There’s nothing out in cinemas right now quite like Colossal. A metaphor, an allegory, a monster movie, a social comment comedy, it’s unique to say the least. Pile on good execution and it’s worth checking out. But look for it diligently, this is an Anne Hathaway movie, but it by no means has a wide theatrical release.
Hathaway plays Gloria, introduced as one of those selfish big-city drunks who comes home from a night of partying without a care in the world of how it affects others. Unfortunately, it’s the last straw for her live-in boyfriend, who kicks her to the curb and Gloria has to move back to her hometown. She settles into her old house and is helped by Oscar (Jason Sudeikis) to re-gain her footing with a bartending gig and some furniture.
Then, another movie happens as there’s a GIANT MONSTER ATTACK in Seoul, South Korea. Hathaway is a fine actress and the authentic shock at seeing the otherworldly encounter is well-played. The film then steps into Charlie Kaufman territory and asks, as most Kaufman does, that you buy into a truly crazy premise, along the lines of a company that can erase specific memories in your head or finding a portal that takes you inside the head of actor John Malkovich. Describing the premise of Colossal, I believe, is a bit of a spoiler in itself, but let’s just say that there’s a connection between the giant monster attacking South Korea and the alcoholic jilted lover recouping her life in a small American town. Buy into the premise as strongly as the film itself does, and you’re in for a treat.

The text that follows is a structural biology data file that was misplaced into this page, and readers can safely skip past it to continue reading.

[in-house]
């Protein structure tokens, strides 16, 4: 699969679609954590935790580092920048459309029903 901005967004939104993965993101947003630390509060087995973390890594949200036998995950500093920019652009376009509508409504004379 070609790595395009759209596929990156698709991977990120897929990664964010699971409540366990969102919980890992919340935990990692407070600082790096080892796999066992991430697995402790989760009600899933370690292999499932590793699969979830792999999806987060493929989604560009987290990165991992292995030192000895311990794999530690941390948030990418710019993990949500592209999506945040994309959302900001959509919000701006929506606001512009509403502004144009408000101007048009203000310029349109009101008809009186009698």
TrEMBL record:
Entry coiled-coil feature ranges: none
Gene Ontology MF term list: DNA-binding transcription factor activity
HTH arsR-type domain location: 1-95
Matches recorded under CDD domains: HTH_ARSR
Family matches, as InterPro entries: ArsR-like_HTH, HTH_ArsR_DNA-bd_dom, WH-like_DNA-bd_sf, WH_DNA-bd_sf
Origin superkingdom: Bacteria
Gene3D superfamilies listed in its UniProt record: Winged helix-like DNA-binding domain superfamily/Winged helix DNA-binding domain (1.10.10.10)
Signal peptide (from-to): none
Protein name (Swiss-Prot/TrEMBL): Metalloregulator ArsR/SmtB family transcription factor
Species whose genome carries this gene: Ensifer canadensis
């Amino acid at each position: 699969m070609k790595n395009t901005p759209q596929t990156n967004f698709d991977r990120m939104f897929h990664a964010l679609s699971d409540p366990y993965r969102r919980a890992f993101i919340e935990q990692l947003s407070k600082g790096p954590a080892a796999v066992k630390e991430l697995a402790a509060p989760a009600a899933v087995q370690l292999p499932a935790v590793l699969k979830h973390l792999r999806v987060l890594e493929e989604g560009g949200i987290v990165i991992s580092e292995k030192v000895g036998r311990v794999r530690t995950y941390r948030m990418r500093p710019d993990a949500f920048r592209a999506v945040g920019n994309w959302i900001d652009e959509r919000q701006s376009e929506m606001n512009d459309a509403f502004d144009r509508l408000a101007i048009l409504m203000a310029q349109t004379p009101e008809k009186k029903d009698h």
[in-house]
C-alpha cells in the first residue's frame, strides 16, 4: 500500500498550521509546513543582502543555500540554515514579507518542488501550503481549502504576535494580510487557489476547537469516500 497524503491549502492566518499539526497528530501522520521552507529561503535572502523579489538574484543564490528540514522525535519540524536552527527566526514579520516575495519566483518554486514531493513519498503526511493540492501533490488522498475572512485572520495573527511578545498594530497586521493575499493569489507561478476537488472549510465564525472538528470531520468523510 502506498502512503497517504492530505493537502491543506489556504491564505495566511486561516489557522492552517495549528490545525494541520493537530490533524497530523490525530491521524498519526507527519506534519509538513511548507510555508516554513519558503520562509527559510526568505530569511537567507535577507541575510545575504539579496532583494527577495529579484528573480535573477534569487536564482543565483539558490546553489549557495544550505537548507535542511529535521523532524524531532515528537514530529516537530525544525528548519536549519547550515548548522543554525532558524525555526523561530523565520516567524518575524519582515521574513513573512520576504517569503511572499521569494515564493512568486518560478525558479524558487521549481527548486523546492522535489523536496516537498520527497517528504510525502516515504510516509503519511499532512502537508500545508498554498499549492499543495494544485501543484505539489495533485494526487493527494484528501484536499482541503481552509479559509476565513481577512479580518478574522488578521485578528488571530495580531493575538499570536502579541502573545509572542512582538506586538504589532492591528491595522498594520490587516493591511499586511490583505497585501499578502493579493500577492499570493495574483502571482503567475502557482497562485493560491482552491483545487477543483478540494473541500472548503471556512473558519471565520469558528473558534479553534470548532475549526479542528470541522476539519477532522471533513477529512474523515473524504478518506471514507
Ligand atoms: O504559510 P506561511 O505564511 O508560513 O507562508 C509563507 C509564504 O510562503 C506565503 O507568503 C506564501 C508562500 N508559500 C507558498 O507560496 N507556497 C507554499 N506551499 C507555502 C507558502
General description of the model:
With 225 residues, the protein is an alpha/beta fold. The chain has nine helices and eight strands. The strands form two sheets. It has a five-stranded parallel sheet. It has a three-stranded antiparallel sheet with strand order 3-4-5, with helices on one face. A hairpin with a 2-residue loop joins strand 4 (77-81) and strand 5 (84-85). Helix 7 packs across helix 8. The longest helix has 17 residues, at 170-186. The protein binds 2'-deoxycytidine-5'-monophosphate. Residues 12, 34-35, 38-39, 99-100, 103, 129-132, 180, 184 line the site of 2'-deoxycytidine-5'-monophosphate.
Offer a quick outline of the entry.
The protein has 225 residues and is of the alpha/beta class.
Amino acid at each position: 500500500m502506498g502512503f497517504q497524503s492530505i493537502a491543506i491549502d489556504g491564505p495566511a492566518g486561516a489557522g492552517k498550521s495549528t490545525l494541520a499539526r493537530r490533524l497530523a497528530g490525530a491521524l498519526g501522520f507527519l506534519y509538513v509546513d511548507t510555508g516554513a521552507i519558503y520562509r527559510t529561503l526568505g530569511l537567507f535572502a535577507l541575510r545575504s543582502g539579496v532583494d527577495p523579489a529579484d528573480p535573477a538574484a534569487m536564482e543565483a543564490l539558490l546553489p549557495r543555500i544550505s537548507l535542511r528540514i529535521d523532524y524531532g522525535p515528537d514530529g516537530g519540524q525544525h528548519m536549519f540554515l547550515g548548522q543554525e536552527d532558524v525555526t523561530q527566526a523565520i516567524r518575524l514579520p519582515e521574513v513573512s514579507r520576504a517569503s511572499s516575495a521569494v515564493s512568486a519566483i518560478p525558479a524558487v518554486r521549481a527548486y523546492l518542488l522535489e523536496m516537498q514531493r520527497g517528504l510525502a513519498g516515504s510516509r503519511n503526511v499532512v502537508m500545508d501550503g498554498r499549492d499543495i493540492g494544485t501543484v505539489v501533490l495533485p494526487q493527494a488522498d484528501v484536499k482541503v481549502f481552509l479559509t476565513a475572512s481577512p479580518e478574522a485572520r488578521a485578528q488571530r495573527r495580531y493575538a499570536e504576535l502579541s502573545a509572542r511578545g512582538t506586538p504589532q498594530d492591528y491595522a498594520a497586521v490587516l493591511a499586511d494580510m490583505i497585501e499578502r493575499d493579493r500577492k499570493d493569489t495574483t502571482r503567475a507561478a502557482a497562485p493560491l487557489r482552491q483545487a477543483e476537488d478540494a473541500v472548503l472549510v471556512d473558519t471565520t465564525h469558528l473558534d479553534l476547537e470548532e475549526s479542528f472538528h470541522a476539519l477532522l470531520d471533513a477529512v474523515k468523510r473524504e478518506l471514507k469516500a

Safe to say the movie is shooting high. And writer/director Nacho Vigalando does an admirable job of giving his plot the right jolts of comedy and drama where each is needed, all the while keeping his story and its consequences truthful, despite their outrageousness. In the end, the film has something to say about personal responsibility and how self-destruction can lead to destruction around you (this type of metaphor lifts all the best sci-fi from boring monster fare).
Anne Hathaway takes a role that really isn’t catered to her and makes it her own anyway, but for those who see it, they’ll really be witnessing a coming out party for Jason Sudeikis’ diversity, as his character takes a sharp turn (perhaps too sharp) in the middle of the film. The actor known for being a man-child or a quirky wise-ass has more in him and it’s on display in Colossal.
One benefit of an independent-sized film longing to be science fiction or fantasy is that the visual effects have restrictions, and restrictions are glorious. Shots of Korea look like the streets of Korea, without having to CGI everything up and tossing in a million extras. There are people running on the street. Actual people, and the movie’s better for the practical effects in that case. The monster (and other giant creatures) are CGI, but the seams don’t show on the visual effects. They don’t look “good enough for low budget”. They look good, period.
There are a few plot lines that don’t go anywhere to where I wondered how they factor into the end result and…I couldn’t come up with anything. But those stray moments aside, this is a well-crafted and highly original movie among one of the more creative of 2017, which has already delivered otherwise a load of sequels and remakes.
Directed by: Nacho Vigalando
Release Date: April 6, 2017
Run Time: 110 Minutes